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Capital Region Scrapbook: Gov. Averell Harriman dedicated Whiteface Ski Center 50 years ago

Capital Region Scrapbook: Gov. Averell Harriman dedicated Whiteface Ski Center 50 years ago

Fifty years ago this month, W. Averell Harriman, then New York state’s governor, was avid about skii

W. Averell Harriman had better luck standing up than he did sitting down on Saturday, Jan. 25, 1958.

Averell, then New York state’s governor, was avid about skiing. So he was probably looking forward to his duties during the Whiteface Mountain Ski Center’s dedication in Wilmington that day. So were others — about 5,000 showed up for the festivities.

Harriman smiled with the appropriately named Priscilla Snow, a Whiteface skating instructor whom he crowned mountain “snow queen.” And he posed for photographers who wanted a few pictures of the state leader sliding over snow.

The center was dedicated to the 10th Mountain Division, whose members had fought on the Italian front and in the Aleutian Islands during World War II. Mr. and Mrs. Fred Winter, of 217 Seward Place in Schenectady, were present for the honor. Their son, Burdell “Bud” Winter, a second lieutenant with the division, had died fighting with the 10th in 1945.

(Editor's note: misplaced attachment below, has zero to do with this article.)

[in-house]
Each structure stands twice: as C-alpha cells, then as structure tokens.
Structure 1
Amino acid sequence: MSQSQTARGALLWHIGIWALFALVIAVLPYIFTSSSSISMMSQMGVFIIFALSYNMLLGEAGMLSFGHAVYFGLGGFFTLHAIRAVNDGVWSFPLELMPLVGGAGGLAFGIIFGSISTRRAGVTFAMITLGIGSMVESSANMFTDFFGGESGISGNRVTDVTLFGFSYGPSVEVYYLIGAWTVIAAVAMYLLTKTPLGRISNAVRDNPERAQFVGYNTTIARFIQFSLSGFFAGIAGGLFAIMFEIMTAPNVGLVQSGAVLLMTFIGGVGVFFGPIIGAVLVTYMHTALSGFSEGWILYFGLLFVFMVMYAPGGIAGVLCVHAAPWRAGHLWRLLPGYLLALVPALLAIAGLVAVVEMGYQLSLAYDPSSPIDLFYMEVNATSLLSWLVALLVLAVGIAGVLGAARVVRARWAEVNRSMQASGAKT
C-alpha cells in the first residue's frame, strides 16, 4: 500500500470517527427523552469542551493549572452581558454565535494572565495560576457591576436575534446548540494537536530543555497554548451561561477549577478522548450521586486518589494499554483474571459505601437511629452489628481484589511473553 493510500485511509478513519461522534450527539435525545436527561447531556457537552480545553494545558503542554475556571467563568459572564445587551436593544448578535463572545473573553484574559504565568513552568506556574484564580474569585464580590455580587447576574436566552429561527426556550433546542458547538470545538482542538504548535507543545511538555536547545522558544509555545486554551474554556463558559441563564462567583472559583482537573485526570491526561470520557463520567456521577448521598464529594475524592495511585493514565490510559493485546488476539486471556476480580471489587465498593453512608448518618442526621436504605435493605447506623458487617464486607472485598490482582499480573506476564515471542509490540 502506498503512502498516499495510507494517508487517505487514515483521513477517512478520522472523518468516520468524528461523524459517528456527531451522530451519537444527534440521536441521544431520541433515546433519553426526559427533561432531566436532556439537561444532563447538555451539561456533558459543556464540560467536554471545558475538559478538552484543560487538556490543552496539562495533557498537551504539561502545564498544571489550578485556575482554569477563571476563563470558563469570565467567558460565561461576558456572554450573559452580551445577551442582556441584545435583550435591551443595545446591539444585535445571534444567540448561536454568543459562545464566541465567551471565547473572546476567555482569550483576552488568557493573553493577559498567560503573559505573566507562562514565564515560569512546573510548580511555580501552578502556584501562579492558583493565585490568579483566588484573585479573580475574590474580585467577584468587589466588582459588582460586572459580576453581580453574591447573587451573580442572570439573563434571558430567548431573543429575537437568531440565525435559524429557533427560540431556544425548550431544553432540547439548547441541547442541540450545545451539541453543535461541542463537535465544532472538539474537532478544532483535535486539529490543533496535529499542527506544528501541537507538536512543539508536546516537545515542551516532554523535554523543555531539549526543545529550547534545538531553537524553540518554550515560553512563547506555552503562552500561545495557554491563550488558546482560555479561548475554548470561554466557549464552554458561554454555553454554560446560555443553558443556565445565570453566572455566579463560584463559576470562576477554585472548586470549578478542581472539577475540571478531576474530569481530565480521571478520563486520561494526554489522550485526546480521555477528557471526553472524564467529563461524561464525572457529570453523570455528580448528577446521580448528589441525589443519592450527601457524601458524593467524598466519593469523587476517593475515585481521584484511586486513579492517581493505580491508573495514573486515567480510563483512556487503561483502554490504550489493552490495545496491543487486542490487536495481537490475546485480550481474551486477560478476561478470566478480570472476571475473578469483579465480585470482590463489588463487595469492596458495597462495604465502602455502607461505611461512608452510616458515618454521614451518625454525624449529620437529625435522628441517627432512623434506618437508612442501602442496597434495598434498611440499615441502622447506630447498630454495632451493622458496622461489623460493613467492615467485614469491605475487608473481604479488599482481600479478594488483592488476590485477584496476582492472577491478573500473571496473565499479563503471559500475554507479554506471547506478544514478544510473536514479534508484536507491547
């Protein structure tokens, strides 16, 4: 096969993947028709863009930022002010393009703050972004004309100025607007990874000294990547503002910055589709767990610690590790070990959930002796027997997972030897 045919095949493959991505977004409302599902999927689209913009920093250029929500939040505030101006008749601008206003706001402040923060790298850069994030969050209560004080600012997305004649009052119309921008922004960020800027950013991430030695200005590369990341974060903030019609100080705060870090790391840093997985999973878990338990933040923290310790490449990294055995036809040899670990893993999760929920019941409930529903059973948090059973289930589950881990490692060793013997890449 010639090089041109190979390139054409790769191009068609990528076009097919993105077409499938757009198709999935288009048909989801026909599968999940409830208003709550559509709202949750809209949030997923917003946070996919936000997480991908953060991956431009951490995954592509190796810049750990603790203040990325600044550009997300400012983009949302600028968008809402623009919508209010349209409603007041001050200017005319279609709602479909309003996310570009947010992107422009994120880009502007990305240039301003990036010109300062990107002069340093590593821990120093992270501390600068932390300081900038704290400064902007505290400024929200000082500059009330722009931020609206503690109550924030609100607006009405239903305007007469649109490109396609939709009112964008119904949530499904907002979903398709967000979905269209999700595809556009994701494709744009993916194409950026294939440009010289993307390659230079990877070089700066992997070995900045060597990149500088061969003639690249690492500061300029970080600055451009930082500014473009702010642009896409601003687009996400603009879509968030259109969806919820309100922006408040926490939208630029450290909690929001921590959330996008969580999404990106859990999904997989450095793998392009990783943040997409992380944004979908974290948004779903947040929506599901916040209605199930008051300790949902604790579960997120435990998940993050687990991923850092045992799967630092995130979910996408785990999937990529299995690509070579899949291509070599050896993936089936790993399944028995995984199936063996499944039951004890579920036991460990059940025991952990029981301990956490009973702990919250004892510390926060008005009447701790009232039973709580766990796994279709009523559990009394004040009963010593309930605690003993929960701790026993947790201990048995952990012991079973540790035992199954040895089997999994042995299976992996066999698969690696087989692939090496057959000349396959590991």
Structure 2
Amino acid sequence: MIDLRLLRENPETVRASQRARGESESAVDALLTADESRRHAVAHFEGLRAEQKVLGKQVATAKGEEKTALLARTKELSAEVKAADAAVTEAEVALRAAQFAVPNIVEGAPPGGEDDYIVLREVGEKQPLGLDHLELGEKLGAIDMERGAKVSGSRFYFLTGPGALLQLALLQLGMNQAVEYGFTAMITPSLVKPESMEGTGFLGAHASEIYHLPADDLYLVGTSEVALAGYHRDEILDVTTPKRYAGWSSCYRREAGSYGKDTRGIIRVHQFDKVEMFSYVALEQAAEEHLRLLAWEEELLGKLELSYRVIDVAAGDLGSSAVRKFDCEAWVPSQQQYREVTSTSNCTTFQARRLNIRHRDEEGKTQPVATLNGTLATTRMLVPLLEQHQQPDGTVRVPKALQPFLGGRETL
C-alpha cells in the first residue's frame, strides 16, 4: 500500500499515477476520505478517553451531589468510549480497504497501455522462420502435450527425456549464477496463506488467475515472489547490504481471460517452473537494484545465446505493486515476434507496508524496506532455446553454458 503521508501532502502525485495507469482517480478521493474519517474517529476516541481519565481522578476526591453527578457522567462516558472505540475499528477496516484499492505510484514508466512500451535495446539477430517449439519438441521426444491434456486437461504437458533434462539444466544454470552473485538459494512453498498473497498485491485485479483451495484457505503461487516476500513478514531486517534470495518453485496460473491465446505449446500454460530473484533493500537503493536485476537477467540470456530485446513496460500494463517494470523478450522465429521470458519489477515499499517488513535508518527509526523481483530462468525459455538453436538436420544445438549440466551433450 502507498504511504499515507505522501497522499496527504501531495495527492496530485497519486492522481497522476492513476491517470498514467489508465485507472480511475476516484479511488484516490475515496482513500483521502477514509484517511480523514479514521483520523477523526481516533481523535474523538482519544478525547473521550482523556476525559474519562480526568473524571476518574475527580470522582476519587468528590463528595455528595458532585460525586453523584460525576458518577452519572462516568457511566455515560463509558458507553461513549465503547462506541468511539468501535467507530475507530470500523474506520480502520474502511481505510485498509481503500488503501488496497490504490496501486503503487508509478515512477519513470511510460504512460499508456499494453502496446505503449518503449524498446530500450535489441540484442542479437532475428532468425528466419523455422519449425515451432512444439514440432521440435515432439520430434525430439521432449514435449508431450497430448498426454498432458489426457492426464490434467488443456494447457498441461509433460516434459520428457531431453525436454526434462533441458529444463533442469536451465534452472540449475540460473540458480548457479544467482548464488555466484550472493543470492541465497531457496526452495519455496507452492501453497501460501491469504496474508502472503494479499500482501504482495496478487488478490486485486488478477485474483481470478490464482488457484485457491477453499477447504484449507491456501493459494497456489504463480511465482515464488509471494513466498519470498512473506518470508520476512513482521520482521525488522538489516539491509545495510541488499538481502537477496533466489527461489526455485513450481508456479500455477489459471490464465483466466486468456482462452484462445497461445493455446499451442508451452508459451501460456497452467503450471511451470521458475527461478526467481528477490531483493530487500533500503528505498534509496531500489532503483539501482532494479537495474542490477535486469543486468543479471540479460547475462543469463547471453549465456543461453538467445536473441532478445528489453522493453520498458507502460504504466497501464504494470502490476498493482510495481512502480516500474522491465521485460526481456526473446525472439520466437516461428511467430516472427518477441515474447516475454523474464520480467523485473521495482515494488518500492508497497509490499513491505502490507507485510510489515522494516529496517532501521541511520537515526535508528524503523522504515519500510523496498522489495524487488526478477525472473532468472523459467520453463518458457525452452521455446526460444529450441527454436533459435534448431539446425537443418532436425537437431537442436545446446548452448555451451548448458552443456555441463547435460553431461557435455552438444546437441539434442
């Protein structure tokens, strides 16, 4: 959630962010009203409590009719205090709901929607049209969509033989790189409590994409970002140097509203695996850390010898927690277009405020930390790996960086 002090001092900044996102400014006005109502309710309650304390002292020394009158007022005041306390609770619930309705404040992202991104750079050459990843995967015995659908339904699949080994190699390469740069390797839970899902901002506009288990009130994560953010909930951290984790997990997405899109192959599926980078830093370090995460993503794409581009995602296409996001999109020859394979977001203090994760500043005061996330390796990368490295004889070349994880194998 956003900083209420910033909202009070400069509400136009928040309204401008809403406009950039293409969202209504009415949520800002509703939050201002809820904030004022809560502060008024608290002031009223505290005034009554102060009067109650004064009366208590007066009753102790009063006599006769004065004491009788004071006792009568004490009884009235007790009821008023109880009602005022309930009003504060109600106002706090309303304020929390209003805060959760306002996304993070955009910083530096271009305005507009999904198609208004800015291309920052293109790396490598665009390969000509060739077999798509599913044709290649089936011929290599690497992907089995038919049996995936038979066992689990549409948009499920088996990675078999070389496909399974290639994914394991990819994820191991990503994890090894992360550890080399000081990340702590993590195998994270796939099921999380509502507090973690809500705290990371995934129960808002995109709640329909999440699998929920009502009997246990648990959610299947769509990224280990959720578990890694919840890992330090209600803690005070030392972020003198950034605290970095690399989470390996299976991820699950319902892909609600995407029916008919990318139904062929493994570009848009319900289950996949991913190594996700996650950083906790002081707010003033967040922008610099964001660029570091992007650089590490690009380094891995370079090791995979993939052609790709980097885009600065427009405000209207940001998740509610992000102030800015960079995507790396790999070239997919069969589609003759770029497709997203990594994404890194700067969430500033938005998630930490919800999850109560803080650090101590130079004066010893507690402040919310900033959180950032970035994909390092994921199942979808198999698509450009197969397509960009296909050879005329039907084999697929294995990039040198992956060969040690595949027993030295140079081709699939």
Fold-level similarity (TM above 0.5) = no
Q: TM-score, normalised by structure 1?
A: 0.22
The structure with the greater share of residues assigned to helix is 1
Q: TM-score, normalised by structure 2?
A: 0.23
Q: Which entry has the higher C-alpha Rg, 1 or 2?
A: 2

Harriman, then 66, had been instrumental in the development of the $2.5 million ski area. Two double chair lifts with a combined length of 10,400 feet were part of the price tag. They would carry skiers to the top of little Whiteface, 3,660 feet high.

Seven miles of trails and a two-story lodge also were crowd-pleasers. The lodge had a restaurant and lounge with plenty of windows. Decorations included plaques representing 48 New York ski clubs. A ski shop was in the basement.

Harriman made some friends when he announced during the dedication ceremony that guests would be served a free lunch in the new lodge.

But Whiteface later played a trick on the governor. The politician and the center’s general manager, Arthur G. Draper, strapped themselves into a double chair for a ride to the mountain’s mid-station. A mechanical failure stopped the lift, stranding Harriman, Draper and dozens of other people, for 45 minutes.

Harriman stayed cool. The politician would later serve in both the Kennedy and Johnson administrations and died in 1986.

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